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April: Fans Have Right To Be Angry

For Eagles' special teams, Sunday's game is one they'd like to forget.

The Eagles gave up a touchdown on a punt return, kicker Alex Henery missed a PAT and the Eagles had to burn a timeout when lineman King Dunlap was not on the field for a field goal attempt. Special teams coordinator Bobby April said Thursday that these miscues are something he takes seriously, and as coach, must work to correct.

One of the biggest plays in the game happened early in the fourth quarter. With the game tied at 17, Cowboys punt returner Dwayne Harris returned a Mat McBriar punt 78 yards for a touchdown. While it looked like cornerback Brandon Hughes may have been blocked in the back, the coverage was unable to bring Harris down. The play gave the Cowboys a 24-17 lead, a lead they would not relinquish.

"I don't think effort was an issue. I don't think so at all," April said. "I think our guys are real pros at all that stuff. I just have to help them know where their spacing needs to be; leverage. We just need to work harder at it."

The second important play on special teams actually started on offense. After Dunlap was called for a penalty that ended a drive, the field goal unit trotted out to try for three points. But Dunlap was still upset over the penalty, and came out of the game when he should have been on the field goal unit. The Eagles then had to take a timeout, which was a major problem for April.

"When you have to give up a timeout, you let the team down, for one thing," April said. "But you really let the head coach down because those timeouts are like gold for a head coach. He has the equipment; he has the facility to strategize and use things to our greatest advantage when we have all our timeouts. And in a game like that one, that was so close for so long, a timeout is kind of priceless."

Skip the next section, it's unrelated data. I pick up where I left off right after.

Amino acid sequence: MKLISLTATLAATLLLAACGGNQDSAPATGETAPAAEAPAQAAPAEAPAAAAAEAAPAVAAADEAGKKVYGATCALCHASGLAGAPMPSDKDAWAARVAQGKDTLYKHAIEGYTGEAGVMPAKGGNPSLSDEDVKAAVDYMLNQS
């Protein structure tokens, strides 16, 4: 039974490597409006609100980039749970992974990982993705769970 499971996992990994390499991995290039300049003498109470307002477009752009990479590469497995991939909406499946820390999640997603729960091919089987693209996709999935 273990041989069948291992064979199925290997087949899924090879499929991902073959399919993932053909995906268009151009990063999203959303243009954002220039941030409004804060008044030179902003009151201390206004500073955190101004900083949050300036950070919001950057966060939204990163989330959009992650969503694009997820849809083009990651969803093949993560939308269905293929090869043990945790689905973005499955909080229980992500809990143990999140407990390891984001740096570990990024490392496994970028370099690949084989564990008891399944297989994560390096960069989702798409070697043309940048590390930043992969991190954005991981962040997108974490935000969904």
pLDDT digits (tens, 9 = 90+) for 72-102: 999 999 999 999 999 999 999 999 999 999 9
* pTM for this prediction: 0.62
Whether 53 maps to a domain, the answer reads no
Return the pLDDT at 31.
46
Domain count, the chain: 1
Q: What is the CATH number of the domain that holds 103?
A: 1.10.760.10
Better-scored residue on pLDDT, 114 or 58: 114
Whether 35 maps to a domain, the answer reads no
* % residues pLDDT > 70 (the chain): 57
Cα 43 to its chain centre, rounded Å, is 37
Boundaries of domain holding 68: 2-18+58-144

Fans are frustrated with the special teams units, and not just because the returners have yet to take a kick to the house. Inconsistent play has hurt the team and April knows the fans are upset.

"I can understand any definition that they could try to put on the ineptitude of that game," April said. "I perfectly understand ... guys have to spend a lot of time behind the wheel, driving that cab or driving that truck or delivering the bread. You have to put in a lot of time to buy a ticket to one of these games. And I know my family did when we used to go to the games when I was a kid. It's a big investment. You want to see a great product, and when they don't, they have every right to be angry. I definitely understand, 100 percent."

The Eagles will work on answering their critics in practice, but it's up to the coaches and players to get these issues fixed on gameday. April knows that starts with him, and he is determined to help the special teams become a positive force on this team.

"I feel (like) I'm responsible for that phase to win the game," he said. "If all the games are close and I've got to take care of that phase and I let the team down then it certainly is disappointing ... I could go further but I can't afford to be discouraged because we're playing Washington this week and we've got to get ready for them. I'm getting the cuts taken care of, I'm on the stool right now but the bell is going to ring at one o'clock on Sunday again. So I don't have time to think about that stuff."

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